Betteredge looks for Franklin in the library and sees Rosanna leaving the library. She explains that she was returning a ring Franklin had dropped upstairs. In the library, Franklin explains to Betteredge that he wants to telegram London requesting a "cleverer" investigator. He also reveals that Rosanna has acted strangely toward him and suspects that she might know something about the theft of the Moonstone. Betteredge searches for Rosanna, who has become ill and gone to her room. Penelope reminds Betteredge to be careful of Rosanna's feelings, as she is lovesick over Franklin.
Franklin and Seegrave ride to Frizinghall so that Seegrave can question the Indians and so that Franklin can send his telegram to London. The men return and report no success with the Indians, even with Murthwaite to translate.
With the introduction of the diamond into the Verinder household, a feeling of exoticness and danger emerges. The exoticness of the diamond and its background make the danger seem less real, as when Rachel is delighted to hear in England that her life would be in danger in India if she were there with the diamond. The diamond itself, as we saw in Chapter IX, gives off, exotically, a dark brightness ("It shone awfully out of the depths of its own brightness" in a sunless room). Betteredge's narrative encourages a mysterious understanding that the diamond has created an atmosphere of strangeness and danger in the household, manifested by his own uneasiness and the sinister quality of the dinner conversation.
Yet the exoticness and explicit danger of these chapters of the novel are not presented as emerging from the diamond alone. Murthwaite works as a catalyst between English and Indian culture to explain the danger inherent in the Moonstone's history. Murthwaite exists as a kind of English spy on Indian culture and territory. This status makes him seem somewhat sinister and certainly exotic.
Though the Moonstone inspires a sense of exoticness and danger, its symbolism also connects it to female sexuality—Rachel's sexuality specifically. The diamond is connected with female forces through the symbol of the (feminine) moon. The circumstances and consequences of the theft connect the stone to Rachel's sexuality. The theft is committed on the night of Rachel's eighteenth birthday, her coming-of-age. The strange dinner conversation on the night of the birthday—especially the conversation of Franklin Blake, who speaks of female infidelity and breeding bulls—is sexual in subtext. Finally, the diamond is stolen out of Rachel's bedroom during the night and produces an inexplicable change in her. Rachel seems moody and reticent, refusing to speak to everyone, most of all to Franklin Blake.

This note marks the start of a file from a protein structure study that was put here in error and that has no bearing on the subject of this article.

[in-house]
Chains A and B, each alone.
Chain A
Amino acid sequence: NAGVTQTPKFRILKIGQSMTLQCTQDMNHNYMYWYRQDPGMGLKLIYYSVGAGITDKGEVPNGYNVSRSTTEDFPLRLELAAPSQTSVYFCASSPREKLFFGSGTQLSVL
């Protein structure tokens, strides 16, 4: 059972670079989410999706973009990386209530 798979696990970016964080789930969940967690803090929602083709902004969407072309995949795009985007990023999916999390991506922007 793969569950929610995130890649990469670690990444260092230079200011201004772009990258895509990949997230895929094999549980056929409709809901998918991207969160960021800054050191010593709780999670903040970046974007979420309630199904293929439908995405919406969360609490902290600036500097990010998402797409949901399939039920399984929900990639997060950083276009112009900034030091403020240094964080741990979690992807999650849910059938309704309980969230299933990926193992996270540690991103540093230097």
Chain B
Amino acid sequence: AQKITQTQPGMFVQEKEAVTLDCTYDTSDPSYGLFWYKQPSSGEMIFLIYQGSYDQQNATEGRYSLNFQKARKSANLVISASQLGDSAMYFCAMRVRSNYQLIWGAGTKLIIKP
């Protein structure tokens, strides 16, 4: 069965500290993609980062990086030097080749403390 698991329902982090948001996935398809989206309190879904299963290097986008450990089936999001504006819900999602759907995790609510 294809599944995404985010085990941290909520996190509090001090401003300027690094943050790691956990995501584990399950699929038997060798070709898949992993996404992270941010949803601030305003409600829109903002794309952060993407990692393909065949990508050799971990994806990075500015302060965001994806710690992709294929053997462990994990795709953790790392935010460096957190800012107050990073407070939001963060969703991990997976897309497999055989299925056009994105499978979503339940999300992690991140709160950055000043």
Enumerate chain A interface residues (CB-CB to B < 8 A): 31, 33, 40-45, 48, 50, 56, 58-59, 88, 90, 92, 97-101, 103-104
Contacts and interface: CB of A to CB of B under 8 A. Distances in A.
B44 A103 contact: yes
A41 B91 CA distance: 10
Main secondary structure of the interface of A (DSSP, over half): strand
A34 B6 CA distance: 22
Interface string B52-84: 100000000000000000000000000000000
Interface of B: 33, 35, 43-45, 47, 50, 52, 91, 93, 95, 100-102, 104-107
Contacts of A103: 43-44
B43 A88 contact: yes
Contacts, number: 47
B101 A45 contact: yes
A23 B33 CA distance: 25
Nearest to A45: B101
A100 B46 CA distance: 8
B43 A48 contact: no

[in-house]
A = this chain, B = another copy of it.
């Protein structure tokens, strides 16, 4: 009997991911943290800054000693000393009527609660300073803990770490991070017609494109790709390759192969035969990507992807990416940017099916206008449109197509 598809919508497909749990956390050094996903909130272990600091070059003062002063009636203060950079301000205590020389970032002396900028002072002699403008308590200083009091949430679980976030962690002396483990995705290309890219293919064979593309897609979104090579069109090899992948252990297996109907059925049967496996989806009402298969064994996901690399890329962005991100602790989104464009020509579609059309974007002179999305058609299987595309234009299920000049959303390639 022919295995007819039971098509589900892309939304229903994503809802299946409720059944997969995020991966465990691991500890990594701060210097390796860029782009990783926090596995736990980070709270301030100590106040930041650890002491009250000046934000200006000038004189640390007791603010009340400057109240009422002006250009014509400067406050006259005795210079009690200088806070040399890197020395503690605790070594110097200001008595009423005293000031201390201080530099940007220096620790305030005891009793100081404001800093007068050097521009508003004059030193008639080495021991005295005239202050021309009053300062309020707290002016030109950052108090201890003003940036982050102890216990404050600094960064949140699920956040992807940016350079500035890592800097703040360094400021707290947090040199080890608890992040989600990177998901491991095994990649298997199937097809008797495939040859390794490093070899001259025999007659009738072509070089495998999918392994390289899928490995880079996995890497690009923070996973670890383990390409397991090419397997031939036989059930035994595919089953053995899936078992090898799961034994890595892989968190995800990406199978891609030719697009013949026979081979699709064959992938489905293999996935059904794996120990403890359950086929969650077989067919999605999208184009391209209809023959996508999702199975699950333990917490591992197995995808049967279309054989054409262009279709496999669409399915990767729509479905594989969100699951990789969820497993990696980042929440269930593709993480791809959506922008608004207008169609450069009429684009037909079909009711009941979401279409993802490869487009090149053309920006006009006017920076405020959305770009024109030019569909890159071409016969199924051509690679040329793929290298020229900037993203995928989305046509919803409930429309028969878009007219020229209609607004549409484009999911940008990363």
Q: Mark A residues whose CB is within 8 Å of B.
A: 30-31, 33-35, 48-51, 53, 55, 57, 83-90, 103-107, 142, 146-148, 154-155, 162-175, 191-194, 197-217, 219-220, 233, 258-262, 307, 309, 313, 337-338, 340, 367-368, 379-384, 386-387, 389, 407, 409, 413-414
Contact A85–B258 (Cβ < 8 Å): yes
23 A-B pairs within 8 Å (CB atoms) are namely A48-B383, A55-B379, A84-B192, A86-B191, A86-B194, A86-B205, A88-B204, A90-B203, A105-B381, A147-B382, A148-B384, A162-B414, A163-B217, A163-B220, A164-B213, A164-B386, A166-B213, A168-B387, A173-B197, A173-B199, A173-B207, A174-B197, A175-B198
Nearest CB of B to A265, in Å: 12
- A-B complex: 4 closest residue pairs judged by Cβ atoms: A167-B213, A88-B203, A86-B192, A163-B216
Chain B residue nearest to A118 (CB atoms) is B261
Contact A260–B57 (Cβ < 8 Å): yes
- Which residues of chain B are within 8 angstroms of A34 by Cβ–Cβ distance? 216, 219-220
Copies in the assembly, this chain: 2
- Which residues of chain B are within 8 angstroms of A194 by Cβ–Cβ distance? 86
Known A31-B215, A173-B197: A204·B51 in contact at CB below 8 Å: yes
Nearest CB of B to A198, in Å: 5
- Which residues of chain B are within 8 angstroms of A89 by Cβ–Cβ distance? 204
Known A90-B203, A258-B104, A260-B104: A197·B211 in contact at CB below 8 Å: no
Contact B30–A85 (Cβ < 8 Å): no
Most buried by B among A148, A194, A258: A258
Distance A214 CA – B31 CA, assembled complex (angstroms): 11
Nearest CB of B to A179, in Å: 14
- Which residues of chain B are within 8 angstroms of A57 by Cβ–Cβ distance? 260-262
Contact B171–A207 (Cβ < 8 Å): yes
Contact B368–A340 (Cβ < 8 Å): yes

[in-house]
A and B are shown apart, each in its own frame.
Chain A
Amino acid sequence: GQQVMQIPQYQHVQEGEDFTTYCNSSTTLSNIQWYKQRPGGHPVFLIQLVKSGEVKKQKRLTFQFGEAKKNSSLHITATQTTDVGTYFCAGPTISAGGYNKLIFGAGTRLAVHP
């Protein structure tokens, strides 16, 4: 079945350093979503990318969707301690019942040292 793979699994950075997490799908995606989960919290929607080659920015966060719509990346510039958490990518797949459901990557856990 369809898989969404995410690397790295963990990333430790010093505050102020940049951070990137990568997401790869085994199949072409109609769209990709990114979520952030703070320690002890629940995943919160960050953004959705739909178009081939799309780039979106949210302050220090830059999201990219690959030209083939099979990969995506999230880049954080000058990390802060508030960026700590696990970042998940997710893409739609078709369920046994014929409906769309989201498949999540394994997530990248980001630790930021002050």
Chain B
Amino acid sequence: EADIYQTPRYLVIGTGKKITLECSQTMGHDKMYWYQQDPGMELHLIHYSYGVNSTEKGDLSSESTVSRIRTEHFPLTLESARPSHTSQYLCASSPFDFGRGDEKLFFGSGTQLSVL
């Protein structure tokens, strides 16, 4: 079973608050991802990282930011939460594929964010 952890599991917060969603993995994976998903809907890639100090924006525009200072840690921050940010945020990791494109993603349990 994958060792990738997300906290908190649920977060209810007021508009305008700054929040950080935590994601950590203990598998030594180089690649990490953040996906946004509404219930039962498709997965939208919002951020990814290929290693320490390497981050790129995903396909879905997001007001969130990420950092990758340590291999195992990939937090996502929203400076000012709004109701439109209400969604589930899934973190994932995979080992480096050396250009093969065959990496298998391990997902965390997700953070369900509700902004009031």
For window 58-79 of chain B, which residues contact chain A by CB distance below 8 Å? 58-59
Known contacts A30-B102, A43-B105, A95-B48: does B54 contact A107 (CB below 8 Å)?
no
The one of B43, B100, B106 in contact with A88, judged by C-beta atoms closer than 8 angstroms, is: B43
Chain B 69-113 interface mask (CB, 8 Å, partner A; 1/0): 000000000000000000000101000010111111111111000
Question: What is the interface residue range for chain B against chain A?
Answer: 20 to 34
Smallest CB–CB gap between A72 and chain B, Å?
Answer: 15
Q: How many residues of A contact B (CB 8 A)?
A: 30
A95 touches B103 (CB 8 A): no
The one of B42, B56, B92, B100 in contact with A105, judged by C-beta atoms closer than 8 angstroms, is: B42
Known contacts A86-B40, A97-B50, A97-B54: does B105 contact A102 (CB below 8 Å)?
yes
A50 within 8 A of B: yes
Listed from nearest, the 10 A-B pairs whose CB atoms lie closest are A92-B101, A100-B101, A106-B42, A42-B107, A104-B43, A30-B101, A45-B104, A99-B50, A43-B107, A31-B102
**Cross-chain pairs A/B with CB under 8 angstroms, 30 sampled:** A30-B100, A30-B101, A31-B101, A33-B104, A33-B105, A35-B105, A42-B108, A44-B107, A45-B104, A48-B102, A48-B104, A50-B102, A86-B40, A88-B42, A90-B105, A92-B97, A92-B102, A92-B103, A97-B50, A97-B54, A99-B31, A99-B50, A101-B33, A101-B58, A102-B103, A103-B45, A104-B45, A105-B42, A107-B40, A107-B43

Once the crime is committed, the mystery plot splits into two threads. The remainder of the novel will concentrate both on finding the diamond's current whereabouts and also on reconstructing how, and by whom, the initial crime was committed. Superintendent Seegrave foolishly concentrates mainly on the first mystery, and it is not until Sergeant Cuff is called onto the case that much attention will be paid to reconstructing the initial crime. The rules of a mystery novel (in which things are often the opposite of what they seem to be) apply to the characteristics of the detectives themselves. Superintendent Seegrave is considered to be physically reassuring and have an air of confidence, yet his ineptitude will soon be revealed.